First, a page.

The ambassadors met with Prime Minister Ahmet Davutoglu and a foreign ministry official hinted that “necessary warnings were issued” in relationship to Ankara’s position about their actions in neighboring countries.
After the meetings, the Prime Minister said in a televised statement that “Turkey cannot accept any kind of cooperation with terror organizations that have declared war against Turkey” stressing that Ankara’s “clear position” was conveyed to the two countries because there is an “organic bond” between the Democratic Unity Party (PYD) and the Kurdistan’s Workers Party (PKK).
Last week, the Pentagon announced that it will be equipping pre-screened rebel groups fighting against ISIS with weapons and has started dropping them. Kurdish official Mustafa Bali in Kobane said the U.S had provided 120tons of weapons and ammunition to the main YPG militia.
A senior Russian official also discussed with PYD’s leader Salih Muslim means to upgrade cooperation in fighting ISIS.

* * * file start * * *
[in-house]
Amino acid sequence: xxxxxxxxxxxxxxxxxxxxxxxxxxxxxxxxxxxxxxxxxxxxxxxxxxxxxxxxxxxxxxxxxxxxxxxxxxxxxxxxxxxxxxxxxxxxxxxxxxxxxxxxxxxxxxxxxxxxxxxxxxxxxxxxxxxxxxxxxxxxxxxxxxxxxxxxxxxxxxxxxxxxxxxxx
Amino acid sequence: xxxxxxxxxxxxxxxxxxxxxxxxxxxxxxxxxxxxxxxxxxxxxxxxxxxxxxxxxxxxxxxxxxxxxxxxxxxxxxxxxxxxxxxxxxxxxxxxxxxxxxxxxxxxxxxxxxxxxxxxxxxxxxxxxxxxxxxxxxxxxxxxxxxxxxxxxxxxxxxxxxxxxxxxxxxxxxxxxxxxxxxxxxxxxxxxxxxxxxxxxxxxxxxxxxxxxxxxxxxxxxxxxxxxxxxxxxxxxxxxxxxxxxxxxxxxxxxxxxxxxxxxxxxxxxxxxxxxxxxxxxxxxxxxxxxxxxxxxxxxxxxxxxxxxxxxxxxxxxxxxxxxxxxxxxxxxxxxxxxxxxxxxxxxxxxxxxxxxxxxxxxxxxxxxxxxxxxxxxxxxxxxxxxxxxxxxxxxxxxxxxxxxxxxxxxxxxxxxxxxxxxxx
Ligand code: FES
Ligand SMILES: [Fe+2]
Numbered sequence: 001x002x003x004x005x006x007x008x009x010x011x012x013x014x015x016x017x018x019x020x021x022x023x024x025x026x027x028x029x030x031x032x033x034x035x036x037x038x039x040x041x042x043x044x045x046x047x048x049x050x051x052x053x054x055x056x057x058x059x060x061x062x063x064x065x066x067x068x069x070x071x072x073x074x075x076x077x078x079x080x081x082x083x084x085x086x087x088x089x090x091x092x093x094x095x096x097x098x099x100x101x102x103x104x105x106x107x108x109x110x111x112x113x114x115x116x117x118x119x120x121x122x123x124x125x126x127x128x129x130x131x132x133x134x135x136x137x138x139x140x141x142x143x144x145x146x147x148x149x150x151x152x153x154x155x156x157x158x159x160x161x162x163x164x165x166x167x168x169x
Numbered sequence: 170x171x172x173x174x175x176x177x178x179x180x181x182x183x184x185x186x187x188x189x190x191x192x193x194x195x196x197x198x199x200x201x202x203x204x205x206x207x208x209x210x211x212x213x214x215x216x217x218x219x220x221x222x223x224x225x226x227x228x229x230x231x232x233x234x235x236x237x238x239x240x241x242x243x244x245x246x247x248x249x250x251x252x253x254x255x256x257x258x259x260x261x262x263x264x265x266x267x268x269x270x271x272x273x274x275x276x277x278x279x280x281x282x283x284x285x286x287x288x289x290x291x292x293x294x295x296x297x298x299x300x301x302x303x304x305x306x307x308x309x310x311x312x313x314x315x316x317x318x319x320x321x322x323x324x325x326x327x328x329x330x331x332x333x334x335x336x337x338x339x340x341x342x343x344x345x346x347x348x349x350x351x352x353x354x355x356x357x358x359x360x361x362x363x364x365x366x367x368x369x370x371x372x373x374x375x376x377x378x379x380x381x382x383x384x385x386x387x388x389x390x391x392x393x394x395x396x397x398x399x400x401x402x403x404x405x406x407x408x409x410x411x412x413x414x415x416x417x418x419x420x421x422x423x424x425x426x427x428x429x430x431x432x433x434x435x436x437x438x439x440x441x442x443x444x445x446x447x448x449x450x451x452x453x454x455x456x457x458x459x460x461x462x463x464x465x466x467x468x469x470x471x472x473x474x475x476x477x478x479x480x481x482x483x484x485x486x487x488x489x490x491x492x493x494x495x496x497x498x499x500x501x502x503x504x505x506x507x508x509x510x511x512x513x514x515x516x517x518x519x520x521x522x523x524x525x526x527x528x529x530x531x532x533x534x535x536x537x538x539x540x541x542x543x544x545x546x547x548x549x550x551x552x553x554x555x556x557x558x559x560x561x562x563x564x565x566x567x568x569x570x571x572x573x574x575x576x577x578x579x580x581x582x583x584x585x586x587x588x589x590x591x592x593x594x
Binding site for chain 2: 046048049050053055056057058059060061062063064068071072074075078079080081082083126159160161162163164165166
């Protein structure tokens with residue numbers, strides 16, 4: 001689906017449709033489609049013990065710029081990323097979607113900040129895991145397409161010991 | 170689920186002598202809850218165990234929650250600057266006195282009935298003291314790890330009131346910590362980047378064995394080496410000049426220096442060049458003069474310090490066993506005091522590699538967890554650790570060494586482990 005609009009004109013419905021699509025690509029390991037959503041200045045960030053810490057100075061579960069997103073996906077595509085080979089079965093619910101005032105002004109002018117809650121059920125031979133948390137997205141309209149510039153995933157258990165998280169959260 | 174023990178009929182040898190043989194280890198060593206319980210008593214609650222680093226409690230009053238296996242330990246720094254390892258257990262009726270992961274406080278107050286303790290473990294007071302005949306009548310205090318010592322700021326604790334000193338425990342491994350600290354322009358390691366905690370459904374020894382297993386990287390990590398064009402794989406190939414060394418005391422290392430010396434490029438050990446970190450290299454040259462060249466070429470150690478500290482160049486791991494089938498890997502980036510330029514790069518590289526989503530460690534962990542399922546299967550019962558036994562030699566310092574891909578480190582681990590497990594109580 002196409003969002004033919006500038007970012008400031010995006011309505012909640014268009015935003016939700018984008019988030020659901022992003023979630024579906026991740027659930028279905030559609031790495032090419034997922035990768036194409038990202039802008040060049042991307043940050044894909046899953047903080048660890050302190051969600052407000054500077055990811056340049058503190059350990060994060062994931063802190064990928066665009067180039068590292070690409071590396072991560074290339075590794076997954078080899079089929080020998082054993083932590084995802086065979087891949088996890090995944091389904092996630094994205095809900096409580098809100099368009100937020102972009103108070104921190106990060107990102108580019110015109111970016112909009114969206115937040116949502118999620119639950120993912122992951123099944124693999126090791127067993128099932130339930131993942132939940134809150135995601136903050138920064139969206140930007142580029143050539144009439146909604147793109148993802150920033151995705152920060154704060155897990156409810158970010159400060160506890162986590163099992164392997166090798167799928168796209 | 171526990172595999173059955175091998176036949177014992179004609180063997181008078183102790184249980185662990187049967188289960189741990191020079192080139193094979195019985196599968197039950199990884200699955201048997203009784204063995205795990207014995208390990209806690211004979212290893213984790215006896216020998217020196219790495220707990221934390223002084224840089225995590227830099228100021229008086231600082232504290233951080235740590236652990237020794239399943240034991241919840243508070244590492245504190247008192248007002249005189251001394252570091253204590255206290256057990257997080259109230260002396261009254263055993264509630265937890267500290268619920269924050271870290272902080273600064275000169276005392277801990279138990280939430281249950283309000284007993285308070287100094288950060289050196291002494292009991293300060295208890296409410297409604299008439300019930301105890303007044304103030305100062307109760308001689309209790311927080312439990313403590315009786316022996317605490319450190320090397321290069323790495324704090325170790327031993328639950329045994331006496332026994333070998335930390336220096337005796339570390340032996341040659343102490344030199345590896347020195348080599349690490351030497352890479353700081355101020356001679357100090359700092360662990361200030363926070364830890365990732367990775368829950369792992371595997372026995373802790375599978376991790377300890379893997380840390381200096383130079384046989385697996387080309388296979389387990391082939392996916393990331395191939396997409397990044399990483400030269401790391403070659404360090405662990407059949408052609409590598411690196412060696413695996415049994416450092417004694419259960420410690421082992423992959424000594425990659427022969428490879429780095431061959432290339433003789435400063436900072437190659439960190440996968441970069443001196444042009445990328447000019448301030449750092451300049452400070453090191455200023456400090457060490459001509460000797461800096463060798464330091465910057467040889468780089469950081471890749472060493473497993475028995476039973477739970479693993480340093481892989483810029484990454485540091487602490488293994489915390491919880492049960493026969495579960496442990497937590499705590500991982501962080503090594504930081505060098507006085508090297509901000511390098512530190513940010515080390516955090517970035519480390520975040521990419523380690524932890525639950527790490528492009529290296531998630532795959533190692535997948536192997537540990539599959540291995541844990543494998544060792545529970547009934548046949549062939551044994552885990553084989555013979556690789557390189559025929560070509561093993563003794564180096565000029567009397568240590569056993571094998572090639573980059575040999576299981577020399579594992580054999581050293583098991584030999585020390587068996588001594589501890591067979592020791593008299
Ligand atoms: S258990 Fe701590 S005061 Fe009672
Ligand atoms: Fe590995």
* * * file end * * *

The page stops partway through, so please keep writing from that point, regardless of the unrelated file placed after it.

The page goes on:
Davutoglu warned that “no one can guarantee that arms given to the PYD today won’t tomorrow fall in the hands of the PKK and be used against Turkey.”
Gathered intelligence proved that some PKK militants had fled northern Iraq for Syria to escape Turkish airstrikes, he said.
PYD is a Syrian Kurdish armed group while the PKK is based in Iraq. The conflict between Turkey and PKK dates back to 1984. Ankara considers PKK as a terrorist group and Davutoglu stressed that “just as the United States and other friendly allies fight against Al-Qaeda linked groups, Turkey is determined to fight against the PKK and its affiliates.” Turkey is opposed to any Kurdish advance west of the Euphrates River.